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Mehnaz Zaman Was A Type Of Mass Killer Known As An 'Injustice Collectors' Says Doc
Criminologist Dr. Michael Arntfield tells Oxygen.com that Menhaz Zaman behaved much like a mass shooter.
Peacock’s “Perfect World: A Deadly Game” documents how mass murderer Menhaz Zaman wrapped his online gaming friends into the slaughter of his family. But why did he do it?
In 2019, Menhaz Zaman, then-23, killed four of his family members inside their Toronto home by stabbing them, beating them with a crowbar, and slitting their throats.
After Zaman killed his 50-year-old mother Momtaz Zaman, he uploaded a photo of her body to a Discord chat about the multi-player video game called Perfect World. The chat, known as the Void community, was an online gaming group where Zaman was an active participant. Soon after posting the photo of his mother, he shared one of his dead 70-year-old grandmother Firoza Begum. He confessed to the murders to his fellow gamers, explaining to his closest online friends that he was gearing up to kill his sister and father next.
The gamers worked diligently to figure out where Zaman was located so they could save his surviving family members. While they successfully pinpointed where Zaman lived, by the time police knocked on his door, his 59-year-old dad Moniruz Zaman and 21-year-old sister Malesa Zaman were also dead.
Zaman pleaded guilty in September of 2020 to all four murders. Two months later, he was sentenced to life in prison.
He claimed that he killed his family because he was ashamed that he had lied to them about being enrolled in university to become an engineer; in reality, he had dropped out. The murders came one day before his supposed graduation.
“I did this because I don’t want my parents to feel the shame of having a son like me," he had claimed, according to a 2019 VICE report. "I chose to kill them instead of me out of cowardliness, due to me being an atheist and believing this is the only life we get. I know it might sound confusing but what’s done is done and what had been planned has been concluded.”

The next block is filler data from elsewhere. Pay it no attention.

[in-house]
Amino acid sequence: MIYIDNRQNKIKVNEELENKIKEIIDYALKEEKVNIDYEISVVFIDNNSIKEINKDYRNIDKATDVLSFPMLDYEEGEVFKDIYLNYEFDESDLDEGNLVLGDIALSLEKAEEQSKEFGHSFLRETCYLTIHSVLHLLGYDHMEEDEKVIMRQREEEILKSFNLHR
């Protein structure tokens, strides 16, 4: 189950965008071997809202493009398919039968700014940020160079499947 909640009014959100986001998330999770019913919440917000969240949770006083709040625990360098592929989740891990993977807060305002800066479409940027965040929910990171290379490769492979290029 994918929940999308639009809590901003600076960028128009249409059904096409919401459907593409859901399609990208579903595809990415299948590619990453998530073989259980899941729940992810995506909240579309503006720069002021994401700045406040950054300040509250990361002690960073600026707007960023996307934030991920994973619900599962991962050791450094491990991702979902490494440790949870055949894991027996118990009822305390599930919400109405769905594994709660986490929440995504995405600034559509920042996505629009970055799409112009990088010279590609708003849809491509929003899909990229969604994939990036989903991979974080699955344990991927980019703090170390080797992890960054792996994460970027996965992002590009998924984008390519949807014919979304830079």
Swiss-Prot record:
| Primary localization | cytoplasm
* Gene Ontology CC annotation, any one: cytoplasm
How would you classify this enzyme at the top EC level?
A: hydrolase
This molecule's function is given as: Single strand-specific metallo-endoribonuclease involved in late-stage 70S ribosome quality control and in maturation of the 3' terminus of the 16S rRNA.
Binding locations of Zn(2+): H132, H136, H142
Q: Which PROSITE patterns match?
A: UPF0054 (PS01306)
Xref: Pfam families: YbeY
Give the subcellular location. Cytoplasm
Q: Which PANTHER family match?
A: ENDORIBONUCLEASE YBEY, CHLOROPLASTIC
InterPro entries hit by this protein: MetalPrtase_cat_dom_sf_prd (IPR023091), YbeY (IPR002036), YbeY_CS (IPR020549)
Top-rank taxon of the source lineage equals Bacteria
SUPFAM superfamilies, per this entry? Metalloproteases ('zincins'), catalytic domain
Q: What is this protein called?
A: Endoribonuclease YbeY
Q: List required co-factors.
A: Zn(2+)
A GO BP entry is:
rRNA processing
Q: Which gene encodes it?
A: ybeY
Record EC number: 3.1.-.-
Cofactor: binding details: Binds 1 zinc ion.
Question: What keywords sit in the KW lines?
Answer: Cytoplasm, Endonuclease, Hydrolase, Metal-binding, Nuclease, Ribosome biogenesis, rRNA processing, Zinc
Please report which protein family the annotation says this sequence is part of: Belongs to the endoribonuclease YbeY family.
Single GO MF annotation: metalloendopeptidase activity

Criminologist Dr. Michael Arntfield told Oxygen.com in a phone interview that he does believe Zaman's explanation is “largely accurate.”
“People of that mindset tend to fixate on particular perceived slights and then develop a plan that they put in place,” he said.
While Zaman is technically a family annihilator, Arntfield said he exhibited traits typically present in mass shooters, specifically school shooters and disgruntled workplace shooters.
These murderers fit into a specific type called “injustice collectors.”
“They have been fixed on little slights,” he told Oxygen.com. “They spent so much time in a fantasy world and detached from healthy relationships and support, they process time much differently. Three years ago in the mind of these ‘injustice collectors’ is like last week. Time goes much more slowly. Whatever the perceived trauma is, time stops.”
He said that while these “perceived traumas” may seem small to the average person, they are very important to the murderer.
“Often the motive to properly-adjusted people seems trivial and absurd but someone this withdrawn and emotionally cold […] something very minor is going to be justification for carrying out these fantasies,” he said.
Arntfield told Oxygen.com that he believes that Zaman had schizoid personality disorder, which he said is typically in nearly every mass murderer, family annhilators included. The disorder is characterized by detachment and apathy, which Zaman’s online friends noted he exhibited.
Arntfield was not surprised by Zaman's gaming obsession, saying that people with the disorder have a “proneness to retreat into fantasy” and are attracted “to activities that allow for a great deal of fantasizing.”
“Perfect World: A Deadly Game” debuts on March 8.